Things I didn’t teach my daughters

Lellow train

“Lellow train”

This past weekend while playing with the train table at the public library, my nearly two-year old daughter held up a bright yellow train and said, “Lellow train!” She was quite proud of herself.  We knew that she knew some of her colors, but we didn’t realize she was getting pretty accurate.  I held up a Thomas the train engine and asked, “What color is this one?”  Her response: “Boo.”

We have had the same experience with our older daughter.  Periodically, she’ll ask a question or say something out of the blue and we will have no idea where she learned it.  Sure, my husband is trying to teach her to read, but we are certainly not teaching her about dinosaur species.  So, when she surprises us with dinosaur names over dinner, we are both tickled and puzzled.

These little moments of discovery sneak up on you as a parent.  Children are smart and we give them little credit for their own development and discoveries.  With our older daughter, as it goes with most first children, we were focused on her every move.  My husband and I realize that we cannot be as focused on our second daughter’s every little success as we were with our first daughter at the same age.  In fact, we wonder how much we’re missing.  And if we’re missing something, are we in control of what they’re learning?

Tutus on the go

Tutus on the go

For once, I am keenly aware of how little we control their socialization.  As a sociologist, I teach about socialization (and I have been working on a post about socialization and gender but am still ironing out some kinks with it).  I teach about socialization as a process that takes place with many actors involved, including, families, communities, peers, schools, and other institutions like childcare facilities.

It’s hitting home that socialization is a real thing.  And depending on your work/life situation, you may have outside institutions other than family involved in your children’s socialization earlier than you anticipated.  Like other working parents, we have help with childcare.  We have been so thankful to find a good quality daycare facility where the staff really loves our children.  The only day I ever worried about leaving the girls was their very first day.  Every day since has been a non-event.  The girls love going there and now their classrooms are around the corner from one another so they are constantly checking on each other.  And while they are learning about colors and dinosaurs, about art and building blocks, they also bring home things we never taught them.  Like Justin Bieber lyrics, thanks to one classmate with an older sister.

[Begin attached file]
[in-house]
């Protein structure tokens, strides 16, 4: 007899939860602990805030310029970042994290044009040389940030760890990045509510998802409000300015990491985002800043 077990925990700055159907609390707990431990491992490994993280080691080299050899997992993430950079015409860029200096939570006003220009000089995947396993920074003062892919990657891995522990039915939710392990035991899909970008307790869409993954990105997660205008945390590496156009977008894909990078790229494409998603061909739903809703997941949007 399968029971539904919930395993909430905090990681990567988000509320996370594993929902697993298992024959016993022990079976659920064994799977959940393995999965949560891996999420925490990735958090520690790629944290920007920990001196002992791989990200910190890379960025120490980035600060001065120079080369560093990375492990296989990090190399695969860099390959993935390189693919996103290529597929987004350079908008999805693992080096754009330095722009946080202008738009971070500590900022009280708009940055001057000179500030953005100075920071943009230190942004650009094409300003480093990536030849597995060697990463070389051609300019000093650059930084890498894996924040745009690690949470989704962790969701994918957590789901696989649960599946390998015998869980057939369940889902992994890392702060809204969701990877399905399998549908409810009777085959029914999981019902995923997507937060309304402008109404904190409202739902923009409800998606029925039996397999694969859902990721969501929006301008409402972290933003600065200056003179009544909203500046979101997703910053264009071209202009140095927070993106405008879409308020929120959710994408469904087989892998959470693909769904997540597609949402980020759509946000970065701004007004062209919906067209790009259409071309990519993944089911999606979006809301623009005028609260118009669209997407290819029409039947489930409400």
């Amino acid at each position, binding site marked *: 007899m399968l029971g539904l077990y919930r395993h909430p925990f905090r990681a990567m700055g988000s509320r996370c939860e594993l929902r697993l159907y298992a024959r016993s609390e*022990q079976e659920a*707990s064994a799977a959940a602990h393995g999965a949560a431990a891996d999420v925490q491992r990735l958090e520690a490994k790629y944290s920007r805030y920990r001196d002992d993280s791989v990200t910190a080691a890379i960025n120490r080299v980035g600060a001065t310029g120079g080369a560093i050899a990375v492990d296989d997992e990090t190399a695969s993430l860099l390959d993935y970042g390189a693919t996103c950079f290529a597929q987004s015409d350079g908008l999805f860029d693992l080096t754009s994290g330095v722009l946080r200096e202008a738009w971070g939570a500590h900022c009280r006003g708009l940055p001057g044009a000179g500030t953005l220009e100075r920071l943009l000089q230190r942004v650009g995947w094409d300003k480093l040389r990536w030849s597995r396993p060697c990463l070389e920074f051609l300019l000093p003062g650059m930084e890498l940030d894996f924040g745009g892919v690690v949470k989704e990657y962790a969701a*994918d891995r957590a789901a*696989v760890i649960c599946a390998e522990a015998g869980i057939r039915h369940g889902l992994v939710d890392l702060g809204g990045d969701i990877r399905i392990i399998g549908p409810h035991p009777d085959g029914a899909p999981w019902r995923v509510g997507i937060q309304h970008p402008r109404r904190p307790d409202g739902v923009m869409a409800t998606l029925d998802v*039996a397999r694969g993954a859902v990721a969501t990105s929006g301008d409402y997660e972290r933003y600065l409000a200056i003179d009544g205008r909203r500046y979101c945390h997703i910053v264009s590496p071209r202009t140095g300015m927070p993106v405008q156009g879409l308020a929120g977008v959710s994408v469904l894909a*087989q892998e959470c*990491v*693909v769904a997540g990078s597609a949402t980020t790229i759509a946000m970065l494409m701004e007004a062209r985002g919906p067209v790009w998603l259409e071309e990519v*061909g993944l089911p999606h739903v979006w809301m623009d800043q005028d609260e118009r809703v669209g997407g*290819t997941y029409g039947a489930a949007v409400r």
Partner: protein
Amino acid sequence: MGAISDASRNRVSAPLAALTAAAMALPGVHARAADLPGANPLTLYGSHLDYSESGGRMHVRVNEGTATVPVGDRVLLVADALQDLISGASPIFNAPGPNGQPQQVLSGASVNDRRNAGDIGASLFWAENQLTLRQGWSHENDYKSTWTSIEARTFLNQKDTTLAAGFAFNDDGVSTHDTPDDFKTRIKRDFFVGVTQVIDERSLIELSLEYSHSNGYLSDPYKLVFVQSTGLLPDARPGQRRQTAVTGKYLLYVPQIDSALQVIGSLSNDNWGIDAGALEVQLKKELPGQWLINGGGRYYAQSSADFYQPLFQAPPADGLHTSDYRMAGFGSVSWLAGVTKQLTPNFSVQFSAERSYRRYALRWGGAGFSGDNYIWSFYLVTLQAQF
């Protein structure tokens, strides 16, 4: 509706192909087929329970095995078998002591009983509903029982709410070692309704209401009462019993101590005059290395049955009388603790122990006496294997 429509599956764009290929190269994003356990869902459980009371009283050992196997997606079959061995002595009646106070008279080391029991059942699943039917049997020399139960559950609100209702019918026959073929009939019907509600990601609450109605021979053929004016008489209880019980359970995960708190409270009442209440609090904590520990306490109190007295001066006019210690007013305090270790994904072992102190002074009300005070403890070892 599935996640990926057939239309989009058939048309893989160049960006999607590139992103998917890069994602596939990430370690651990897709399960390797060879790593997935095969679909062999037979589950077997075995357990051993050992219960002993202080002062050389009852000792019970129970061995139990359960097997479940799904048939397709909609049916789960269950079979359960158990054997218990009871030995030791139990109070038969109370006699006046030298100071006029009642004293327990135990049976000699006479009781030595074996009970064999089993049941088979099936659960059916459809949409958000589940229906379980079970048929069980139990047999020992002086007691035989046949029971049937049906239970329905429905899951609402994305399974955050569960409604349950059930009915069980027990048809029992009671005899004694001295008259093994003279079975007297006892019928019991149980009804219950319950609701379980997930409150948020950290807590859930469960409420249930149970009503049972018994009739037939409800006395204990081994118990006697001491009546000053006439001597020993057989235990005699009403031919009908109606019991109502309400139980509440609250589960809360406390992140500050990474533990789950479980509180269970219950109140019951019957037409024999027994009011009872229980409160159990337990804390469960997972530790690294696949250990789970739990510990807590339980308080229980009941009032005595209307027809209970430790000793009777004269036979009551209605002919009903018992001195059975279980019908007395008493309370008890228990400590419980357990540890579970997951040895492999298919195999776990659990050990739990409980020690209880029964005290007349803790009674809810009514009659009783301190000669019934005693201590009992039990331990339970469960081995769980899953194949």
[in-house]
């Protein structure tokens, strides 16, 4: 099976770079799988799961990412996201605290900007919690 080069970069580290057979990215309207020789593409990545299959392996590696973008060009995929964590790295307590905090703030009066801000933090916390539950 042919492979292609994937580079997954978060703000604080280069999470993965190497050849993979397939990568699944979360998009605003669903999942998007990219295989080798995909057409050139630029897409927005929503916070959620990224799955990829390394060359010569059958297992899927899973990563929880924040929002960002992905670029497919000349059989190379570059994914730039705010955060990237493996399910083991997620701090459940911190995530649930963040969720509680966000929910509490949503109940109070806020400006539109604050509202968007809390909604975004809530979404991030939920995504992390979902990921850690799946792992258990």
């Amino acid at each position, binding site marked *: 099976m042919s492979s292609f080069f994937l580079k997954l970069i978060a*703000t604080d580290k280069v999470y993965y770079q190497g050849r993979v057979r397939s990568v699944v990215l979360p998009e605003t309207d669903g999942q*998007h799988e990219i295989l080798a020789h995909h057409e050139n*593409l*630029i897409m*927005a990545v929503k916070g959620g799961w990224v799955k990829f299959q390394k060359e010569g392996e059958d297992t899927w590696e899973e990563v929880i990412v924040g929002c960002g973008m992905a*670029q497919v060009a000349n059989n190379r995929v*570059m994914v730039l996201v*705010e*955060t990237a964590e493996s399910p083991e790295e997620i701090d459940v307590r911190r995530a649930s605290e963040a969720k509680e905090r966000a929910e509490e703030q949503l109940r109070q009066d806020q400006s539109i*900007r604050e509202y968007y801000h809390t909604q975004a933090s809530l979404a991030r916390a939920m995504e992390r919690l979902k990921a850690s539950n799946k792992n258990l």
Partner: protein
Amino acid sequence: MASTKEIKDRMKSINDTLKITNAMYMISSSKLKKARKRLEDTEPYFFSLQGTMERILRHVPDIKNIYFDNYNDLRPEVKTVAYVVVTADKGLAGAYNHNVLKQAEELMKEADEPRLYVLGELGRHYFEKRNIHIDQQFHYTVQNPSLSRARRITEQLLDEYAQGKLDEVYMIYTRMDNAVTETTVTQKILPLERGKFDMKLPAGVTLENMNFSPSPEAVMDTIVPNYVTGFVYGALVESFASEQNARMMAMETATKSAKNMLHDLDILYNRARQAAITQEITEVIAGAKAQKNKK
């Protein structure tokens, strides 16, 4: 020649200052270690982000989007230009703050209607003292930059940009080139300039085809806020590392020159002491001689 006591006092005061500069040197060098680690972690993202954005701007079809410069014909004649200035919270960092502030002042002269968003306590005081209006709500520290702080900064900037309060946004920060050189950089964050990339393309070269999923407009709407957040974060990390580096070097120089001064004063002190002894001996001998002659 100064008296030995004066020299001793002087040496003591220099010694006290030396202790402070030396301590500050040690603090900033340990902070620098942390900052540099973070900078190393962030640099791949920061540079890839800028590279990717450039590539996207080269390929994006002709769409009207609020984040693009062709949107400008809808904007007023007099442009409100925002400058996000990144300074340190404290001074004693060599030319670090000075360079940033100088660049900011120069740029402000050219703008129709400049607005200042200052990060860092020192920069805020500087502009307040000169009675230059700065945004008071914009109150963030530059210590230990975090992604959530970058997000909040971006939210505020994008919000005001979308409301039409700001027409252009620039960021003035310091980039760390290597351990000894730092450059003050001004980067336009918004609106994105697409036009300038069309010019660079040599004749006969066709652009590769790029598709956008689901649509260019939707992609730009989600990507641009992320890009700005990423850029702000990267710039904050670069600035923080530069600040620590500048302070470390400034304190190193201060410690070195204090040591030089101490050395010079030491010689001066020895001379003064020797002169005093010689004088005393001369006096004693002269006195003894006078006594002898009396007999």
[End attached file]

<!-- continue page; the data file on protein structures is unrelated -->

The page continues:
We want to celebrate the things they know, but I feel guilty that I’m not teaching them everything.  Then again, there are probably plenty of things they’ll eventually know that I want no credit for.  We’ve crossed a few of those bridges earlier than I wanted to because we’ve already had to explain death to our older daughter.  She didn’t understand why her daddy has a mommy but her mommy does not have a mommy anymore.  I did not feel ready to shake up her world like that.  But after last week’s events in Boston, I cannot help but wonder about the things I’ll have to teach them before I’m ready for them to know.

About rglw

Sociologist mom writes for work and for pleasure.
This entry was posted in family, kids, lessons learned, media, parenthood, personal, socialization. Bookmark the permalink.

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